Body Dysmorphia is a mental health condition where a person spends a lot of time worrying about flaws in their appearance.

With everyone being picture perfect on their social media files and using filters, this can trigger it. Thinking you have to look a certain way, we are all guilty of messing around with filters for that perfect image. Every day social media is filled with airbrushed pictures of men and woman having to look a certain way or looking like a catwalk model.

This can cause a person to spend hours a day obsessing over real, imagined flaws and take extreme measures to hide perceived flaws from others. Most people with an eating disorder are not underweight. You can’t tell when someone has an eating disorder just by looking at them.

These perceptions can perpetuate the problem and may cause distress in eating disorders; sufferers fear not being “sick enough” or “good enough” at their disease to deserve treatment. The same goes for someone who is struggling with a binge eating disorder based on their weight. Any individual can experience an eating disorder at any weight. If you need any advice with this, you can call Mind on 0300123 3393, or if you do not want to speak to someone over the phone, you can email on info@mind.org.uk. 

Certain factors seem to increase the risk of developing or triggering body dysmorphic disorder and other eating disorders.

Obsessive-compulsive disorder 

Childhood neglect or abuse

Certain personality traits, such as perfectionism

For a person to be suffering from this can be debilitating, causing anxiety and depression.

We understand that not everyone has family support or even friends around them, so we have put the contact details on this page. If you know someone going through this, offer them as much support as you can and boost their confidence. Please encourage them to do the things they enjoy and avoid trying to make someone feel better by talking about their insecurities or flaws…give them space to speak freely about their feelings with you.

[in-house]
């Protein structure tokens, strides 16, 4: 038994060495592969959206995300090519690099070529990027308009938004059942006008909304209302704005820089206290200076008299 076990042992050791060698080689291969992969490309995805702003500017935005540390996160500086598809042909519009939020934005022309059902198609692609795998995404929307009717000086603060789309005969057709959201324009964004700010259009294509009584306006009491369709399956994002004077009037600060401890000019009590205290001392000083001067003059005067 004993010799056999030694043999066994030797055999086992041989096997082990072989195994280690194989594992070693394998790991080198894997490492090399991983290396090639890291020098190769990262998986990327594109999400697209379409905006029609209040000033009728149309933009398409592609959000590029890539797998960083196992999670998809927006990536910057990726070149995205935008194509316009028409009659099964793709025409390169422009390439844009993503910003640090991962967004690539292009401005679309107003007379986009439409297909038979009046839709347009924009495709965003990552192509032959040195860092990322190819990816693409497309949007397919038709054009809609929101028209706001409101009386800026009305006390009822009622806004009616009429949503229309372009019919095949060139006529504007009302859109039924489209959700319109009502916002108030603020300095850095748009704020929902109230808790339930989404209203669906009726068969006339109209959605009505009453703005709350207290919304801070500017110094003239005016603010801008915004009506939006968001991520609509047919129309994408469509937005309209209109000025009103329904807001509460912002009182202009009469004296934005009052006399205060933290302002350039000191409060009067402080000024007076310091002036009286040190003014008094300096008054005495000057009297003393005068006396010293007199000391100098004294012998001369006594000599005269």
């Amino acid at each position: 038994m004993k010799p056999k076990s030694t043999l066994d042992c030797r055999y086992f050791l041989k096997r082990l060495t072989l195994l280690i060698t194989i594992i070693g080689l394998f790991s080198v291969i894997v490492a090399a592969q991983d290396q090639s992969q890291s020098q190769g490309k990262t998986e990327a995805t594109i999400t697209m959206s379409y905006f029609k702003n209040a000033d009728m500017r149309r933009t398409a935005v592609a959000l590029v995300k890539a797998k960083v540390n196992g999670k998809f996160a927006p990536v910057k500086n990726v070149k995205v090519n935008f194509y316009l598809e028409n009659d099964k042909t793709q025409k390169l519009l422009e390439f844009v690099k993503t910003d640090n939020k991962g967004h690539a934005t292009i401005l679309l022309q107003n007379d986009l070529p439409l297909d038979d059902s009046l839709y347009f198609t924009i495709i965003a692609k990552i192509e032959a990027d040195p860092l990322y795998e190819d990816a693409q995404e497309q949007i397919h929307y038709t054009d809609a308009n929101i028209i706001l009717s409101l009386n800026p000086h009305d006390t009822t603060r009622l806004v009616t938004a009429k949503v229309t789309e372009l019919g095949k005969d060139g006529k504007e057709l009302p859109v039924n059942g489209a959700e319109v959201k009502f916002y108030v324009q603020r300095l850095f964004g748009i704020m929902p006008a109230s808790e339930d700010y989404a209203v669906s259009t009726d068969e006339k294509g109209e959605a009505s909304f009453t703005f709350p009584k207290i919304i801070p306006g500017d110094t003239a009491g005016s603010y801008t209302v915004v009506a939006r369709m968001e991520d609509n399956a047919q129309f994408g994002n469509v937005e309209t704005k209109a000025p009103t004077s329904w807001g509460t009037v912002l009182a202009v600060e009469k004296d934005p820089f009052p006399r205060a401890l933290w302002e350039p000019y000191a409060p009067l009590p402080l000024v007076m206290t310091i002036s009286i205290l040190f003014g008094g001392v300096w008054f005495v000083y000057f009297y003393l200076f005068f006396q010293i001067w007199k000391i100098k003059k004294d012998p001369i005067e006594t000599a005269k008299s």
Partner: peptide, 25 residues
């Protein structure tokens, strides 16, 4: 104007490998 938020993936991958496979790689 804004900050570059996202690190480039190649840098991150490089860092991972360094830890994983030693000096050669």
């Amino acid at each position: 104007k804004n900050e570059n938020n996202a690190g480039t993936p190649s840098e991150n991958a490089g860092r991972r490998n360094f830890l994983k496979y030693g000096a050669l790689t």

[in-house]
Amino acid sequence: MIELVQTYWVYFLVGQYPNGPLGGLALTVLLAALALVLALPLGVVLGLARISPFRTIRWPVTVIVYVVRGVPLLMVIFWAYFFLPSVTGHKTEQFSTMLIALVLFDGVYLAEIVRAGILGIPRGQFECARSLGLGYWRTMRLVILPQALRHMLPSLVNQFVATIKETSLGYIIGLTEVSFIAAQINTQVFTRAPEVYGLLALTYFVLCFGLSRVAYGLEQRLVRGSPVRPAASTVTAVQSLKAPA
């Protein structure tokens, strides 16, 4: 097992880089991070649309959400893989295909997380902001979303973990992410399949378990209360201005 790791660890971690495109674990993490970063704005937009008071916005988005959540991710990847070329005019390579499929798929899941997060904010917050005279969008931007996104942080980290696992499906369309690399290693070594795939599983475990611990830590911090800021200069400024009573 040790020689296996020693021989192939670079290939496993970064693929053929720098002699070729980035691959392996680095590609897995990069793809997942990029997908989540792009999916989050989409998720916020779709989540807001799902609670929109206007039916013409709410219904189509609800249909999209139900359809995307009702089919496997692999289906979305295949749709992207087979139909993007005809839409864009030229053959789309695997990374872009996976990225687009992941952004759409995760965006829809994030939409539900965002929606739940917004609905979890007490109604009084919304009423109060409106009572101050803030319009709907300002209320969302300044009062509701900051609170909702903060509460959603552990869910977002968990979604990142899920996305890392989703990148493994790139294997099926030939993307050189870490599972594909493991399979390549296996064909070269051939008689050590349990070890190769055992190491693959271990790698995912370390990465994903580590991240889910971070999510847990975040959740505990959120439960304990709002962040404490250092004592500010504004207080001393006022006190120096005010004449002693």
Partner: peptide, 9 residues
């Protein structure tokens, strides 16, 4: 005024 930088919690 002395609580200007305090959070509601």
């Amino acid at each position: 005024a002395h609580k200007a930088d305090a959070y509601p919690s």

Time and patience and taking that first step in getting help is the first step.

At Positive Lifestyle, we believe everybody is beautiful, and bodies come in all shapes and sizes and is that is what makes us all unique. Making an appointment with your GP is also an excellent first step, and they can get you to see a Dietician who specialises in all areas.

This can be one of the most challenging times for someone suffering from an eating disorder to take, so give them your time, listen to them and try not to criticise or give advice. This can be tough when you disagree with what they say about themselves and what they eat.

Remember you don’t need to know all the answers. The first step is getting help. Removing potential stigma, tell your friend that’s there is no shame in admitting your struggle with an eating disorder or other mental health issues. Offer to help them reconnect with their values and who they want to be can help them stay focused on long-term recovery and not the short-term benefits of the eating disorder.

Many people will be diagnosed with eating disorders during their lifetime, and many will recover with the right medical professions. All you can do is be there for this person and be kind; please remember you are not alone, and you can come out the other side.

Taking the first step towards recovery is scary and challenging. The road to recovery is admitting you have a problem and going to your first appointment; this may seem a lot to deal with but remember you are not alone, and with the right help, you can find joy in your life again. 

Miss.Positive

www.positive-lifestyle.co.uk